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Stem Cells. 2011 Mar;29(3):397-403. doi: 10.1002/stem.596.

Concise review: mesenchymal tumors: when stem cells go mad.

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Department of Pathology, Leiden University Medical Center, Leiden, The Netherlands.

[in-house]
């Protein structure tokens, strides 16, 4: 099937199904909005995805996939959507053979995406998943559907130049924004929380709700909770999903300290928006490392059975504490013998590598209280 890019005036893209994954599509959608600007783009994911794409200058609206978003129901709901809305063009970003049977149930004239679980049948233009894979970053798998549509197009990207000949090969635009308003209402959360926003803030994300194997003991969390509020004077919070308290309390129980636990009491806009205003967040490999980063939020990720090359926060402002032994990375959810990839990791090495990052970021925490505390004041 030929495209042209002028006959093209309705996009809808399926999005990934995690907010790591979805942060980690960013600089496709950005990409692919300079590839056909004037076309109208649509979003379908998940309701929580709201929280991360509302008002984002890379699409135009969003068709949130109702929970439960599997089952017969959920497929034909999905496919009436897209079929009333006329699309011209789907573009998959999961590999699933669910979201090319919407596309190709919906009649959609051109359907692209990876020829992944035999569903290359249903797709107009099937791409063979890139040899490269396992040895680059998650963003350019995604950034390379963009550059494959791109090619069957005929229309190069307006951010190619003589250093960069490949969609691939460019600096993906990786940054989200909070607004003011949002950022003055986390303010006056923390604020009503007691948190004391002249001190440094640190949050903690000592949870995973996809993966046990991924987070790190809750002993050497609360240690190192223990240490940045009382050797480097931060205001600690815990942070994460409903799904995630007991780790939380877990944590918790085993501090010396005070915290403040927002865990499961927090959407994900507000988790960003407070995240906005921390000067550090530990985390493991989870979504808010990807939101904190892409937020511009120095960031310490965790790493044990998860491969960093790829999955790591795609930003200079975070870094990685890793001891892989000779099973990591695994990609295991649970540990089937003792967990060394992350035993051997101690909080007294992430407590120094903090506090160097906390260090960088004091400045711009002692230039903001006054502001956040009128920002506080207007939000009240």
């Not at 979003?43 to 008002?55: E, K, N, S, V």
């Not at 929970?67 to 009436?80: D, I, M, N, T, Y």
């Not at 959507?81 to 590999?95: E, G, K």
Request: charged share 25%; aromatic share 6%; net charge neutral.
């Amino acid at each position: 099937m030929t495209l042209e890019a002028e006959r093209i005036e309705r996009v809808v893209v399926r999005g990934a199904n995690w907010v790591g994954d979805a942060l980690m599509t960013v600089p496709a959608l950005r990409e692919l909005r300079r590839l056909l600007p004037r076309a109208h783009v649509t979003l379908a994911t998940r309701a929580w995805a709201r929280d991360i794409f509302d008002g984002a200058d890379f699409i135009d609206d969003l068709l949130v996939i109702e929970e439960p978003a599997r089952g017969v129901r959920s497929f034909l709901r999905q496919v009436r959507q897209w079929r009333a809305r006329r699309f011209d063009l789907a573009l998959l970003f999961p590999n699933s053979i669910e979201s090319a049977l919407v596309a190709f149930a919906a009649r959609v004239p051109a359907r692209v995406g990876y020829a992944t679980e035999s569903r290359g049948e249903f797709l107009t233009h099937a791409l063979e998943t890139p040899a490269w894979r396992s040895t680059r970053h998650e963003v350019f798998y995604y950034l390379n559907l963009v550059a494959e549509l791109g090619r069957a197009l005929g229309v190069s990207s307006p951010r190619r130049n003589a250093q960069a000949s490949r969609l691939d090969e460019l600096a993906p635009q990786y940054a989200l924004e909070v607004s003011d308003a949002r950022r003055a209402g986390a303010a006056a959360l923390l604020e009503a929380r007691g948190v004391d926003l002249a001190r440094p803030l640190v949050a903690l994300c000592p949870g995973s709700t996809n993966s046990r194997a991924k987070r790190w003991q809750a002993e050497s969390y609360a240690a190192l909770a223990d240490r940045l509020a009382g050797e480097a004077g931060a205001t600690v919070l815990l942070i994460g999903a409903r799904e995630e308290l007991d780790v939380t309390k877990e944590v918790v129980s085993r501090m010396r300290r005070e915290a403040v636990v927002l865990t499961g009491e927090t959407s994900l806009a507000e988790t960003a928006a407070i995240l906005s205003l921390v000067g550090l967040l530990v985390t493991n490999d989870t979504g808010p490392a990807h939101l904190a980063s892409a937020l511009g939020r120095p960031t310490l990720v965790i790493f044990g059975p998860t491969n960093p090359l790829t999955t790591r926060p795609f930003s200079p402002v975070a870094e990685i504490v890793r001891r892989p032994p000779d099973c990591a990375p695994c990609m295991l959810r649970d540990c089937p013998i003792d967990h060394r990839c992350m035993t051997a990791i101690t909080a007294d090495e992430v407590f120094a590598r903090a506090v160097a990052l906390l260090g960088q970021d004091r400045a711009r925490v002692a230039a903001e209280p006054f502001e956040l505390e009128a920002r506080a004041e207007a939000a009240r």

Sarcomas are nonepithelial, nonhematopoietic malignant tumors that arise from the embryonic mesoderm. Despite their rarity, less than 10% of all cancers, sarcomas are accountable for relatively high morbidity and mortality especially in children and adolescents. Although there are some hereditary conditions predisposing sarcoma, such as the Li-Fraumeni and Retinoblastoma syndrome, the vast majority of these tumors are sporadic. Based on their histological morphology, sarcomas have been divided into a broad spectrum of subtypes recognized in the 2002 WHO classification of tumors. This wide lineage range suggests that sarcomas originate from either many committed different cell types or from a multipotent cell, subsequently driven into a certain lineage. Mesenchymal stem cells (MSCs) are able to differentiate into many cell types needed to create mature structures like vessels, muscle, and bone. These multipotent cells can be isolated from several adult human tissues and massively expanded in culture, making them both of use for research as well as potential beneficial therapeutical agents. For this reason MSCs are being extensively studied, however, concerns have raised about whether they are the putative originating cells of sarcoma and their questionable role in cancer progression. Recent accomplishments in the field have broadened our knowledge of MSCs in relation to sarcoma origin, sarcoma treatment and the safety of MSCs usage in therapeutic settings.

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